One only needs to look back to Medicaid Restoration to see how much CAP really cares about the “most vulnerable.” During the debate, Center for Arizona Policy did not support restoration. When Governor Brewer, the most pro-life governor ever in the history of Arizona, claimed that being “pro-life” meant taking care of all of the most vulnerable in our society, CAP balked.

Additionally, in an even more ironic twist of fate, CAP also ignored the “will of the voters” argument for restoration (Prop. 204 in 2000), only to roll it out when it more suited their ideological leanings during the recent court decisions about gay marriage.

At the end of the day, CAP was more than willing to allow 63,000 Arizonans, including 5,000 cancer patients in the middle of treatment, to be removed from AHCCCS when the federal authority was set to expire. They were also willing to cut off healthcare for over 10,000 of our veterans who had returned from war and were not yet receiving their VA benefits. We would argue, along with Governor Brewer, that these Arizonan’s certainly were some of the “most vulnerable members of our society.”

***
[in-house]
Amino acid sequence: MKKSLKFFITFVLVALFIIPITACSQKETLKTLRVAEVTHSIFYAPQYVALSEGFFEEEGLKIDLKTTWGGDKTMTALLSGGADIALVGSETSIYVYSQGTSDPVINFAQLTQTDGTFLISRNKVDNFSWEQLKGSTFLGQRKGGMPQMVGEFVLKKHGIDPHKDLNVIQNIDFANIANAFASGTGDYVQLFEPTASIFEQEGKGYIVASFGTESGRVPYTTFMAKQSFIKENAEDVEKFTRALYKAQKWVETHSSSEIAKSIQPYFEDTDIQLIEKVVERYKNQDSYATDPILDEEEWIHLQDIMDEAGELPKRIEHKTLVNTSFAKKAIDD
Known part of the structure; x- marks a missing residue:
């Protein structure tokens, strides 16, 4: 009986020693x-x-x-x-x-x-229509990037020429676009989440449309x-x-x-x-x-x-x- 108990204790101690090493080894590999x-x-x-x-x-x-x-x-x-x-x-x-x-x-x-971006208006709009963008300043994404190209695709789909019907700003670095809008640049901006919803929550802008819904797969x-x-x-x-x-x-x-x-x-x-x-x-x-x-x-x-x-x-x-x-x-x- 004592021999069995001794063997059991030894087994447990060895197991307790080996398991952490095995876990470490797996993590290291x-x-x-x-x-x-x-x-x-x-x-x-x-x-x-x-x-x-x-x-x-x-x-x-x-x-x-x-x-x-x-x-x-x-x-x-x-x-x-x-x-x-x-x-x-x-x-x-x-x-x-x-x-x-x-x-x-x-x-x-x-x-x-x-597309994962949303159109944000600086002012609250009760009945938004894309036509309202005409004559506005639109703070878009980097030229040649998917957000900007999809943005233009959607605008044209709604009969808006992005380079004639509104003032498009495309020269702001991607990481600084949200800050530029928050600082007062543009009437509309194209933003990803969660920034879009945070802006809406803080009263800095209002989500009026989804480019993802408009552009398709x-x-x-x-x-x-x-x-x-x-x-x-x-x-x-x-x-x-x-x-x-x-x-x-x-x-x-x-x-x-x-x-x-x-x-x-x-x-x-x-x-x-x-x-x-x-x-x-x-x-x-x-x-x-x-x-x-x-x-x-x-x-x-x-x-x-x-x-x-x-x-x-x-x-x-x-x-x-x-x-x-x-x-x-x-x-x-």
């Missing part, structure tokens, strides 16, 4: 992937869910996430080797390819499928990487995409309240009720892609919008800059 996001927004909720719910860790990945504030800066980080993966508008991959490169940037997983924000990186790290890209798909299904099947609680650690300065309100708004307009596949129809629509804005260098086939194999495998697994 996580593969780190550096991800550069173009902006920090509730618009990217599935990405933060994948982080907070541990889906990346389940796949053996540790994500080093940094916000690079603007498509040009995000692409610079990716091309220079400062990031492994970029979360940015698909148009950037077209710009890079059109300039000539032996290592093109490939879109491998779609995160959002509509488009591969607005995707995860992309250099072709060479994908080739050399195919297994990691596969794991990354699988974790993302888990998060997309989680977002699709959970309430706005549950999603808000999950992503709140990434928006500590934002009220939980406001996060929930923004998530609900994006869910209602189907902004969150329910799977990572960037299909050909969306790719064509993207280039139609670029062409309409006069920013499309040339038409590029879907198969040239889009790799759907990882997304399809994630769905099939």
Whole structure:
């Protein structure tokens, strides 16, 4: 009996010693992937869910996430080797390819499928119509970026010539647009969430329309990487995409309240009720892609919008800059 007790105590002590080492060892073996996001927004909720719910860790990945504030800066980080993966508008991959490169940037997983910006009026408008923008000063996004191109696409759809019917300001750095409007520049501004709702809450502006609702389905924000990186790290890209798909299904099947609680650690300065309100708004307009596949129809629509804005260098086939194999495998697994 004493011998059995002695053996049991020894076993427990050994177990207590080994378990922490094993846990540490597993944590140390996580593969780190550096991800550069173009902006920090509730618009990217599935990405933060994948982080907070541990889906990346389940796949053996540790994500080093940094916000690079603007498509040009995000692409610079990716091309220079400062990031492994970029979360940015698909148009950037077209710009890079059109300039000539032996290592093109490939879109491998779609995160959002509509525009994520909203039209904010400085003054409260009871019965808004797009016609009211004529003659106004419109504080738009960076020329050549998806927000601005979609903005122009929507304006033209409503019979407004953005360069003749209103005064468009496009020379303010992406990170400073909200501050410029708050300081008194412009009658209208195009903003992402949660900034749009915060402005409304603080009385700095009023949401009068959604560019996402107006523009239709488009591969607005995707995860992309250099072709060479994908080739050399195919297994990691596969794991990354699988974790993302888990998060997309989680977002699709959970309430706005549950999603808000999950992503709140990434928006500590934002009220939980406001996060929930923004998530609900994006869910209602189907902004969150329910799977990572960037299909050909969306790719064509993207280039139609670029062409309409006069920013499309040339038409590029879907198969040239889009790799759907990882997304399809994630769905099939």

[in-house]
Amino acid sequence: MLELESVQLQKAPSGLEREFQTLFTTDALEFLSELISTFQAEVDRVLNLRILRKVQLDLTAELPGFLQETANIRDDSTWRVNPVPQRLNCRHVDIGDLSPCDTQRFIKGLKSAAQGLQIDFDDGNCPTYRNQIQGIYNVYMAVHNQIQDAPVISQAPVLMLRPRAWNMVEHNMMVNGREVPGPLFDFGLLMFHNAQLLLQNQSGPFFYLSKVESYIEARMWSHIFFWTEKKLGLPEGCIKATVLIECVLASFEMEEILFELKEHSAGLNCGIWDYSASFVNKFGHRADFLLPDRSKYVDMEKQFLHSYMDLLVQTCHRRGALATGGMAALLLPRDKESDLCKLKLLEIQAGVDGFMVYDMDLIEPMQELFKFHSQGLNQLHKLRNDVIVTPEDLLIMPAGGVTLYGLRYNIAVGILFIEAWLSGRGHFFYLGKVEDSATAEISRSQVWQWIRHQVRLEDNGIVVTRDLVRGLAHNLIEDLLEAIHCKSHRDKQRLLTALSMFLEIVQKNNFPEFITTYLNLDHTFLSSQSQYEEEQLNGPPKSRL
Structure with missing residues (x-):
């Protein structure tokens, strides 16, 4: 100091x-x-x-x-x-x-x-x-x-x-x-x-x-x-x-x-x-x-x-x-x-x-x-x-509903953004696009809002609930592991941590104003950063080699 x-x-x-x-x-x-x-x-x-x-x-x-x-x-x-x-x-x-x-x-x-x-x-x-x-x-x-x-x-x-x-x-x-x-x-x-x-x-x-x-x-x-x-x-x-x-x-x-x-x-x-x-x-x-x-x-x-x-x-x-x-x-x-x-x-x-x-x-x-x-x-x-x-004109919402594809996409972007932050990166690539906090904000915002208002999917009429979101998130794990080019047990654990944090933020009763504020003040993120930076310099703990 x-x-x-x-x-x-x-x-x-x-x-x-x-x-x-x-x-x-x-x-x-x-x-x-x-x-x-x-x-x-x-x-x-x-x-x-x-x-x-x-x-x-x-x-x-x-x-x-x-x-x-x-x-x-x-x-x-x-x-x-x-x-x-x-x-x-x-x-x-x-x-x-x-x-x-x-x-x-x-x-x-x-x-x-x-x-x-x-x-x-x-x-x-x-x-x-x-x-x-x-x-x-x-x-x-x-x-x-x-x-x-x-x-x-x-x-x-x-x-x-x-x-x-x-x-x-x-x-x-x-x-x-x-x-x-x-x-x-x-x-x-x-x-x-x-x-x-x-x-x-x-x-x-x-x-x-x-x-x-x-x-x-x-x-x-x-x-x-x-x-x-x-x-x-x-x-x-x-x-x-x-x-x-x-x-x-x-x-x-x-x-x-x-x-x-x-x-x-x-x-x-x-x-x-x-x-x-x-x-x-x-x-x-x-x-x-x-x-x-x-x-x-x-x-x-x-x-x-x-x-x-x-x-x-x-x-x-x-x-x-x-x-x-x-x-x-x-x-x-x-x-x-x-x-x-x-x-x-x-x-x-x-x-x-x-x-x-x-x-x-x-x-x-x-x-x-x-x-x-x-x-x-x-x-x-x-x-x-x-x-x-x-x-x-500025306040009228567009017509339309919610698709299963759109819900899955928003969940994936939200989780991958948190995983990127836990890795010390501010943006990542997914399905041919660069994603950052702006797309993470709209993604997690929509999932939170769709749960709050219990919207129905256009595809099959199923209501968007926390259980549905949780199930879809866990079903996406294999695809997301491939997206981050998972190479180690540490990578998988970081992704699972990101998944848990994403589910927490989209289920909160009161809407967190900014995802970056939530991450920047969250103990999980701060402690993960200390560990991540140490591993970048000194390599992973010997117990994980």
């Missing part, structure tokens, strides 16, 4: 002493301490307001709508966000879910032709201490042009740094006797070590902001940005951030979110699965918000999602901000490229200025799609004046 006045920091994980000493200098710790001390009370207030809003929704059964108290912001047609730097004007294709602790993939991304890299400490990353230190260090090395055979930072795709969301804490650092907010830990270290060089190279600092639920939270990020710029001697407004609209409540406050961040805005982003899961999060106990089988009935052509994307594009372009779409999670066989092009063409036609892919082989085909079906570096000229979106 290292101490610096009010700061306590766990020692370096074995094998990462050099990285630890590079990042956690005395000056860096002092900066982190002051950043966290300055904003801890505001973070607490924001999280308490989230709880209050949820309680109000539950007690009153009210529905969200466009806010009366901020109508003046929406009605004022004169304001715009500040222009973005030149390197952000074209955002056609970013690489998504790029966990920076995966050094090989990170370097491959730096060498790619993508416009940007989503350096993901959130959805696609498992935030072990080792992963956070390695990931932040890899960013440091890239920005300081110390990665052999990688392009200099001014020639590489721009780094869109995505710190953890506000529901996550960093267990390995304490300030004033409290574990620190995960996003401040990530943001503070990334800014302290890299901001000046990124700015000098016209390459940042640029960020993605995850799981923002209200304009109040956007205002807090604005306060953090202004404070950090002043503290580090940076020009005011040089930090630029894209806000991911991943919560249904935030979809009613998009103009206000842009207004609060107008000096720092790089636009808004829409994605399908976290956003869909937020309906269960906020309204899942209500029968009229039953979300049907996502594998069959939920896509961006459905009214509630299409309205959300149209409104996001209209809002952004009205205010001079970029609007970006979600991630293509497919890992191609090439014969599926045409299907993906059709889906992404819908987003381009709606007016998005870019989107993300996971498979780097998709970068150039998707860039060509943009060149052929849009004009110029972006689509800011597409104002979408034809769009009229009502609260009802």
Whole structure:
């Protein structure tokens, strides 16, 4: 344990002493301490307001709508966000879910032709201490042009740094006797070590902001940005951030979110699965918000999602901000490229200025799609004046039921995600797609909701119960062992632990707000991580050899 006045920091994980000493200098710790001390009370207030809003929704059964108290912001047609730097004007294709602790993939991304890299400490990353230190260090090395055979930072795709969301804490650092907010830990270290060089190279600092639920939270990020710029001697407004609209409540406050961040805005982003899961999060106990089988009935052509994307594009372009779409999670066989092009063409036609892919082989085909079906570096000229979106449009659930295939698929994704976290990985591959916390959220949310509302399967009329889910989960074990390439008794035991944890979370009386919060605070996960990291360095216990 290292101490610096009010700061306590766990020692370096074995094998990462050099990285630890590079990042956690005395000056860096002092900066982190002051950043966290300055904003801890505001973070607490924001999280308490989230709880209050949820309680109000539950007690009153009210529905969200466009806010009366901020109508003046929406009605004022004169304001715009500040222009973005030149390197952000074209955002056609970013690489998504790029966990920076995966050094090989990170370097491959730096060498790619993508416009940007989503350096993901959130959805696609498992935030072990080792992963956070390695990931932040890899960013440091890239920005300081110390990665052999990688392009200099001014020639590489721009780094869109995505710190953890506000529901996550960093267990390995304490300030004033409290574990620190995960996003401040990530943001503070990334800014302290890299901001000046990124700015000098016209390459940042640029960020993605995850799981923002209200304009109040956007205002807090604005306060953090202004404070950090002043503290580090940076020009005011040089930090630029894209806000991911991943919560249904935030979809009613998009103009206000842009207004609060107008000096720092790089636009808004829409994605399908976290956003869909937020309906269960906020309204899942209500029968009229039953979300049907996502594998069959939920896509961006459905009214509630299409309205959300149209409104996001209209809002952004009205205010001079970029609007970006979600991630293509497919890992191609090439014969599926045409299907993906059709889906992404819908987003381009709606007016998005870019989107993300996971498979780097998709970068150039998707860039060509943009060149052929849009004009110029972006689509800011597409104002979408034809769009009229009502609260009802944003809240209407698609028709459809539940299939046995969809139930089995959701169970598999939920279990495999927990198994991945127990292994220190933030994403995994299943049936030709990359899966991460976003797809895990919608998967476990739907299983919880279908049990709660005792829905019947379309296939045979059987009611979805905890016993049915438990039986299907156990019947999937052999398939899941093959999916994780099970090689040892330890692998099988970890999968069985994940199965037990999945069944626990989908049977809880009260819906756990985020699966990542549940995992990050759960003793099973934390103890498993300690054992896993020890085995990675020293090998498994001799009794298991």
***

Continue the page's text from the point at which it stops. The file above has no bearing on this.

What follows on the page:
So in addition to a one star reduction misleading imagery, we must also unfortunately take another two stars away for the hypocrisy of saying that CAP supports policies which protect the “most vulnerable members of our society”.

If we knew the income demographic or the political affiliation of the parents of the baby featured in the ad, there is a chance that this statement could end up with Zero stars. However, with the information we have at this time, we have no choice but to give Center for Arizona Policy’s statement ONE STAR.

They do care deeply for preborn children.